Enver Halil Hoxha (Albanian pronunciation: [ɛnˈvɛɾ ˈhɔdʒa]; 16 October 1908 – 11 April 1985) was the communist leader of Albania from 1944 until his death in 1985, as the First Secretary of the Party of Labour of Albania. He was chairman of the Democratic Front of Albania and commander-in-chief of the armed forces from 1944 until his death. He served as Prime Minister of Albania from 1944 to 1954 and at various times served as foreign minister and defence minister as well.
After the break with Yugoslavia, Hoxha aligned himself with the Soviet Union, for which he had a great admiration. From 1948 to 1960, $200 million in Soviet aid was given to Albania for technical and infrastructural expansion. Albania was admitted to the Comecon on 22 February 1949 and remained important both as a way to pressure Yugoslavia and to serve as a pro-Soviet force in the Adriatic Sea. A submarine base was built on the island of Sazan near Vlorë, posing a possible threat to the United States Sixth Fleet. Relations remained close until the death of Stalin on 5 March 1953. His death was met with 14 days of national mourning in Albania—more than in the Soviet Union. Hoxha assembled the entire population in the capital's largest square featuring a statue of Stalin, requested that they kneel, and made them take a two-thousand word oath of "eternal fidelity" and "gratitude" to their "beloved father" and "great liberator" to whom the people owed "everything."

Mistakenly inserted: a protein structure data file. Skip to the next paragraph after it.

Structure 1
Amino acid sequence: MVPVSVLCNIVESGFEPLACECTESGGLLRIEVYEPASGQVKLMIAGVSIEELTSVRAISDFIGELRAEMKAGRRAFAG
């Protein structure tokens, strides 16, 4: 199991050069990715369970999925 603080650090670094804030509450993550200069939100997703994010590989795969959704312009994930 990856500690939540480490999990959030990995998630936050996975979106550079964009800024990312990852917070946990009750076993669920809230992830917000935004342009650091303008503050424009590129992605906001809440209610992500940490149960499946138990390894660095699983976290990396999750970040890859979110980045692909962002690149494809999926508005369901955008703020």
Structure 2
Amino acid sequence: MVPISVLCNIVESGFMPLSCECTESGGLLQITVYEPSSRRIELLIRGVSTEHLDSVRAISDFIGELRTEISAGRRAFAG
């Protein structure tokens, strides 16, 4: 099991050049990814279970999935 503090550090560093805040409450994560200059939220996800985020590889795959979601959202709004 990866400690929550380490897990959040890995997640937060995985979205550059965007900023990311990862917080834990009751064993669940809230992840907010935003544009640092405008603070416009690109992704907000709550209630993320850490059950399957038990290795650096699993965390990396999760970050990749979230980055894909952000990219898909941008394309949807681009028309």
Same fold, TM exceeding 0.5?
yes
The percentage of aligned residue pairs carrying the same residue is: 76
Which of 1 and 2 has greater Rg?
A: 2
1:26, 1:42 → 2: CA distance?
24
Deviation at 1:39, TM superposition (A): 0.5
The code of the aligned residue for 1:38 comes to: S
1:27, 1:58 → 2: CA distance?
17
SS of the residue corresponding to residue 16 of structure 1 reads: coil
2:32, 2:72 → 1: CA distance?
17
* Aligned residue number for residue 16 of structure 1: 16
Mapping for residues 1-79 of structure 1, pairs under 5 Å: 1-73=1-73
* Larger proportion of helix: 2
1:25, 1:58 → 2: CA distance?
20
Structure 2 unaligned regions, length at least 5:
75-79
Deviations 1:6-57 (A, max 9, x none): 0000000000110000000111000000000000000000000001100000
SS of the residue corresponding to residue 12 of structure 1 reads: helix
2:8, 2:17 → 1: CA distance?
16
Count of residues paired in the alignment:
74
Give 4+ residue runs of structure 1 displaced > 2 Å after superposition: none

Under Nikita Khrushchev, Stalin's successor, aid was reduced and Albania was encouraged to adopt Khrushchev's specialization policy. Under this policy, Albania would develop its agricultural output in order to supply the Soviet Union and other Warsaw Pact nations while these nations would be developing specific resource outputs of their own, which would in theory strengthen the Warsaw Pact by greatly reducing the lack of certain resources that many of the nations faced. However, this also meant that Albanian industrial development, which was stressed heavily by Hoxha, would have to be significantly reduced.
Symbol of the Party of Labour of Albania. From 16 May to 17 June 1955, Nikolai Bulganin and Anastas Mikoyan visited Yugoslavia and Khrushchev renounced the expulsion of Yugoslavia from the Communist bloc. Khrushchev also began making references to Palmiro Togliatti's polycentrism theory. Hoxha had not been consulted on this and was offended. Yugoslavia began asking for Hoxha to rehabilitate the image of Koçi Xoxe, which Hoxha steadfastly rejected. In 1956 at the Twentieth Party Congress of the Soviet Communist Party, Khrushchev condemned the cult of personality that had been built up around Joseph Stalin and also accused him of many grave mistakes. Khrushchev then announced the theory of peaceful coexistence, which angered Hoxha greatly. The Institute of Marxist–Leninist Studies, led by Hoxha's wife Nexhmije, quoted Vladimir Lenin: "The fundamental principle of the foreign policy of a socialist country and of a Communist party is proletarian internationalism; not peaceful coexistence." Hoxha now took a more active stand against perceived revisionism.